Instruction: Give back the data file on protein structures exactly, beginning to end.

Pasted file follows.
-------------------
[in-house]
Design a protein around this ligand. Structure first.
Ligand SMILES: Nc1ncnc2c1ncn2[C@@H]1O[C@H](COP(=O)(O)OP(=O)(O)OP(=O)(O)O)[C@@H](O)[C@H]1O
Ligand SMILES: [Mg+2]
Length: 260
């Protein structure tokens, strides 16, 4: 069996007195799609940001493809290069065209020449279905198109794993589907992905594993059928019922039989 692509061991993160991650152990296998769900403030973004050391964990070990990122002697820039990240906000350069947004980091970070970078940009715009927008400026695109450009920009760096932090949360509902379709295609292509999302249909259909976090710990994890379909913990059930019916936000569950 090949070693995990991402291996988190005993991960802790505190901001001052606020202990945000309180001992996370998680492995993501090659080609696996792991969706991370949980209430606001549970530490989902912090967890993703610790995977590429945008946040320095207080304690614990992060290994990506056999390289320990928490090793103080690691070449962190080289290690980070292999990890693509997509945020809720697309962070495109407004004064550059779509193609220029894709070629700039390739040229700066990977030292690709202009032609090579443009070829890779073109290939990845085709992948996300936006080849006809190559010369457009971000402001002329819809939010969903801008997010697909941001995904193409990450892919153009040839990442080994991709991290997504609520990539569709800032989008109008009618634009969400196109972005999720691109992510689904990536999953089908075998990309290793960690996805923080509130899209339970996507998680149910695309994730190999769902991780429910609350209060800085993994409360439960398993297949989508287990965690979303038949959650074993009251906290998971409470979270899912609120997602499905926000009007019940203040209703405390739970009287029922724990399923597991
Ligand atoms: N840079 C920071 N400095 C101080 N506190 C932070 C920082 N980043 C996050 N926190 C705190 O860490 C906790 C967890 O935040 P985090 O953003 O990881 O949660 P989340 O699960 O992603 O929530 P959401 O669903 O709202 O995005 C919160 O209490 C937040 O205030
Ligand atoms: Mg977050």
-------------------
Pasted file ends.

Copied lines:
[in-house]
Design a protein around this ligand. Structure first.
Ligand SMILES: Nc1ncnc2c1ncn2[C@@H]1O[C@H](COP(=O)(O)OP(=O)(O)OP(=O)(O)O)[C@@H](O)[C@H]1O
Ligand SMILES: [Mg+2]
Length: 260
């Protein structure tokens, strides 16, 4: 069996007195799609940001493809290069065209020449279905198109794993589907992905594993059928019922039989 692509061991993160991650152990296998769900403030973004050391964990070990990122002697820039990240906000350069947004980091970070970078940009715009927008400026695109450009920009760096932090949360509902379709295609292509999302249909259909976090710990994890379909913990059930019916936000569950 090949070693995990991402291996988190005993991960802790505190901001001052606020202990945000309180001992996370998680492995993501090659080609696996792991969706991370949980209430606001549970530490989902912090967890993703610790995977590429945008946040320095207080304690614990992060290994990506056999390289320990928490090793103080690691070449962190080289290690980070292999990890693509997509945020809720697309962070495109407004004064550059779509193609220029894709070629700039390739040229700066990977030292690709202009032609090579443009070829890779073109290939990845085709992948996300936006080849006809190559010369457009971000402001002329819809939010969903801008997010697909941001995904193409990450892919153009040839990442080994991709991290997504609520990539569709800032989008109008009618634009969400196109972005999720691109992510689904990536999953089908075998990309290793960690996805923080509130899209339970996507998680149910695309994730190999769902991780429910609350209060800085993994409360439960398993297949989508287990965690979303038949959650074993009251906290998971409470979270899912609120997602499905926000009007019940203040209703405390739970009287029922724990399923597991
Ligand atoms: N840079 C920071 N400095 C101080 N506190 C932070 C920082 N980043 C996050 N926190 C705190 O860490 C906790 C967890 O935040 P985090 O953003 O990881 O949660 P989340 O699960 O992603 O929530 P959401 O669903 O709202 O995005 C919160 O209490 C937040 O205030
Ligand atoms: Mg977050």